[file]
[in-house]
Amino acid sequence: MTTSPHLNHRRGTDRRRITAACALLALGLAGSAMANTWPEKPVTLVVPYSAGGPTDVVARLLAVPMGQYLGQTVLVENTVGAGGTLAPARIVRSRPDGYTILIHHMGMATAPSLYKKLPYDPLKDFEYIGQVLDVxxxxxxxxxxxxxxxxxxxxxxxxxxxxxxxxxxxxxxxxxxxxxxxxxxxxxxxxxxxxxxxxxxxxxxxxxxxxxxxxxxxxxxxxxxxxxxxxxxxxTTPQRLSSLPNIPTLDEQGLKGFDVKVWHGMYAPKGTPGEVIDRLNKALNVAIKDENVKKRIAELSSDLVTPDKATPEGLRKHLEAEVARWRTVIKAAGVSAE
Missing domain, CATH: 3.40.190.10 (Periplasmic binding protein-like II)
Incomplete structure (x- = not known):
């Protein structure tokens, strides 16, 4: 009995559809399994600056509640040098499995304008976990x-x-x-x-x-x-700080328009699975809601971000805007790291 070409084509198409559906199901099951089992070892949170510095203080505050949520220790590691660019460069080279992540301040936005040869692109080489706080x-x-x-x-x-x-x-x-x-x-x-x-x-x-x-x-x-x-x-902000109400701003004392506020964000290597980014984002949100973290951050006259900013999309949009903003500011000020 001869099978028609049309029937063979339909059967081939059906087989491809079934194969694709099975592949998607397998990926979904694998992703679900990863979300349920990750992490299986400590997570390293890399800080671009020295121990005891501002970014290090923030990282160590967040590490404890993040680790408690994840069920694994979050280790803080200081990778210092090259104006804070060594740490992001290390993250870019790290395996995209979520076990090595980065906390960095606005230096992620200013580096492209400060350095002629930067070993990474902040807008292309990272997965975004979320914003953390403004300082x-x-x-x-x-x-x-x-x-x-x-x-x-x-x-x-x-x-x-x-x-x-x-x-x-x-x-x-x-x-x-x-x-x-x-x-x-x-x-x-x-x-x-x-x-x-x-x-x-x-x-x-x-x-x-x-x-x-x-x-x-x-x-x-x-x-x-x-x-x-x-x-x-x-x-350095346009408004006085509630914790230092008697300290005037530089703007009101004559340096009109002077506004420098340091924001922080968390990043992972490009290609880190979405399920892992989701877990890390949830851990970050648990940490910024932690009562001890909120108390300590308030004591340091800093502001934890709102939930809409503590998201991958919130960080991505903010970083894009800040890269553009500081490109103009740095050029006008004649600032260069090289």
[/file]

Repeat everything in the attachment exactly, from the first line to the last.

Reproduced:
[in-house]
Amino acid sequence: MTTSPHLNHRRGTDRRRITAACALLALGLAGSAMANTWPEKPVTLVVPYSAGGPTDVVARLLAVPMGQYLGQTVLVENTVGAGGTLAPARIVRSRPDGYTILIHHMGMATAPSLYKKLPYDPLKDFEYIGQVLDVxxxxxxxxxxxxxxxxxxxxxxxxxxxxxxxxxxxxxxxxxxxxxxxxxxxxxxxxxxxxxxxxxxxxxxxxxxxxxxxxxxxxxxxxxxxxxxxxxxxxTTPQRLSSLPNIPTLDEQGLKGFDVKVWHGMYAPKGTPGEVIDRLNKALNVAIKDENVKKRIAELSSDLVTPDKATPEGLRKHLEAEVARWRTVIKAAGVSAE
Missing domain, CATH: 3.40.190.10 (Periplasmic binding protein-like II)
Incomplete structure (x- = not known):
């Protein structure tokens, strides 16, 4: 009995559809399994600056509640040098499995304008976990x-x-x-x-x-x-700080328009699975809601971000805007790291 070409084509198409559906199901099951089992070892949170510095203080505050949520220790590691660019460069080279992540301040936005040869692109080489706080x-x-x-x-x-x-x-x-x-x-x-x-x-x-x-x-x-x-x-902000109400701003004392506020964000290597980014984002949100973290951050006259900013999309949009903003500011000020 001869099978028609049309029937063979339909059967081939059906087989491809079934194969694709099975592949998607397998990926979904694998992703679900990863979300349920990750992490299986400590997570390293890399800080671009020295121990005891501002970014290090923030990282160590967040590490404890993040680790408690994840069920694994979050280790803080200081990778210092090259104006804070060594740490992001290390993250870019790290395996995209979520076990090595980065906390960095606005230096992620200013580096492209400060350095002629930067070993990474902040807008292309990272997965975004979320914003953390403004300082x-x-x-x-x-x-x-x-x-x-x-x-x-x-x-x-x-x-x-x-x-x-x-x-x-x-x-x-x-x-x-x-x-x-x-x-x-x-x-x-x-x-x-x-x-x-x-x-x-x-x-x-x-x-x-x-x-x-x-x-x-x-x-x-x-x-x-x-x-x-x-x-x-x-x-350095346009408004006085509630914790230092008697300290005037530089703007009101004559340096009109002077506004420098340091924001922080968390990043992972490009290609880190979405399920892992989701877990890390949830851990970050648990940490910024932690009562001890909120108390300590308030004591340091800093502001934890709102939930809409503590998201991958919130960080991505903010970083894009800040890269553009500081490109103009740095050029006008004649600032260069090289």